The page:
By Jason Sanford | December 29, 2011 3:48 PM
Nancy Wilhelm, best known for the highly rated Tabu Grill, has a new restaurant concept in Starfish that takes Asia’s varying cuisine and puts it all on the same plate, so to speak.
“There are similar but different flavor profiles from the Asian coastline, and it’s like walking into another dimension or element,” Nancy explains. “It’s like walking into a place in New York or San Francisco or Hong Kong.”
Upon entering, guests are immersed in the restaurant’s inescapably moody seduction—dark, handsome hues accent the restaurant’s interior, and patrons have cozy booths and high tables to choose from. Starfish is immediately unique in town, as it’s located in a strip mall with ample parking, yet feels like it could just as easily be wedged in between metropolitan skyscrapers and subway stations.
Quite naturally romantic, Starfish has a way of scooting a couple’s chairs or butts a little closer together for dinner. The food is presented family style, which also brings those at the table in a little tighter together and adds to the “let’s share the evening” ambiance.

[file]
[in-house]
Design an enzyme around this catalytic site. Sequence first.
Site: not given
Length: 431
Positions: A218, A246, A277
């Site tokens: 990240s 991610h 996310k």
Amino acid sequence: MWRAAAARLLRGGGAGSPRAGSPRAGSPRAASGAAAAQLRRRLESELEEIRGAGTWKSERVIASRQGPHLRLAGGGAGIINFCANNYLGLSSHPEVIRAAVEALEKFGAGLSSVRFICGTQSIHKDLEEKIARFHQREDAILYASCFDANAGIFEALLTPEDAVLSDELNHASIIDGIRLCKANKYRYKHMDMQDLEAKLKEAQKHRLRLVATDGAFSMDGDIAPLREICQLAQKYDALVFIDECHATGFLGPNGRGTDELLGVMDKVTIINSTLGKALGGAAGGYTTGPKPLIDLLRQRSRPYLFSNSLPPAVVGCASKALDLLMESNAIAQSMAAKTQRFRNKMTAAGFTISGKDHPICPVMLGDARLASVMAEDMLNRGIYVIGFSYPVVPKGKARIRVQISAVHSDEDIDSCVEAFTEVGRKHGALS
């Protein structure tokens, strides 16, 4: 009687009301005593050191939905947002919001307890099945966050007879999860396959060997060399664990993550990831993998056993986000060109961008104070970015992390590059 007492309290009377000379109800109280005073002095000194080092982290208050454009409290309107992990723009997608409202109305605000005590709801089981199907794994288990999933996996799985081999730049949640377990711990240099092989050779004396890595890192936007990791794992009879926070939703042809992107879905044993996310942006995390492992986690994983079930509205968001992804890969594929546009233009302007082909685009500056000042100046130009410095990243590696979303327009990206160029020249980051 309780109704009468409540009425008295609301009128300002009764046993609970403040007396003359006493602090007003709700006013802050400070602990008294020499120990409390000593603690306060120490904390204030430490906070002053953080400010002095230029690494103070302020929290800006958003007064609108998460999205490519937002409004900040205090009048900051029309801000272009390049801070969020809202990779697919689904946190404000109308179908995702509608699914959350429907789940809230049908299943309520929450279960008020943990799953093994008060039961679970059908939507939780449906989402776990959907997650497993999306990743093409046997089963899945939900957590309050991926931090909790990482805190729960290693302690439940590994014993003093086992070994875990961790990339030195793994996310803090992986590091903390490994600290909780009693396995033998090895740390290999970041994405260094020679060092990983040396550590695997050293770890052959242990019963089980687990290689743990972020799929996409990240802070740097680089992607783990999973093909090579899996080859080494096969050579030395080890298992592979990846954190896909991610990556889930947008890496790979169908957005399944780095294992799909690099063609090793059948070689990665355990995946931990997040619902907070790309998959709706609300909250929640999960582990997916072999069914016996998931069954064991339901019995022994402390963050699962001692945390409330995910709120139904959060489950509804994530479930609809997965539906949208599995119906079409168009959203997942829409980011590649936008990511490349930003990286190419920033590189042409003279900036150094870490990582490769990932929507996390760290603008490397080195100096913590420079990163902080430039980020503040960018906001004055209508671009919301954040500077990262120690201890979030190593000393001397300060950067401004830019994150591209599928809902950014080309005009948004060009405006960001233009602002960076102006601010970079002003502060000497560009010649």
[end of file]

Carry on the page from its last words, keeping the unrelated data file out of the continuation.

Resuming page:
Menu items are varied in their preparation and series of ingredients, which means that each dish flies its own distinct flag, both in origin and in flavor.
The Mauna Kai ahi poke is fresh and flavorful, as it’s served with a couple of taro chips and avocado. Chilean seabass is breaded and brought out on skewers, a new take on a finned favorite—the skewers are crispy and delicious.
The best dish at the place is hard to nail down, as the contenders all have their own flavor profiles and ingredients, though it’s either the sweeter Korean galbi tacos, the incredibly complex flavor of the Five Spice baby back ribs, or the savory Kobe banh mi sliders. Depending on the company and appetite, maybe choosing to order each, instead of choosing between them, is the best course of action.
Or perhaps the best thing to do is to save extra room for the traditional profiteroles, a sweet and just-rich-enough finish to the parade of flavors from across the Asian seaboard.
Nancy, above all else, wants her customers to get lost in their dinner plate when they get to Starfish—mission accomplished.
“We want to provide a genuine experience beyond the turquoise [front] door.”
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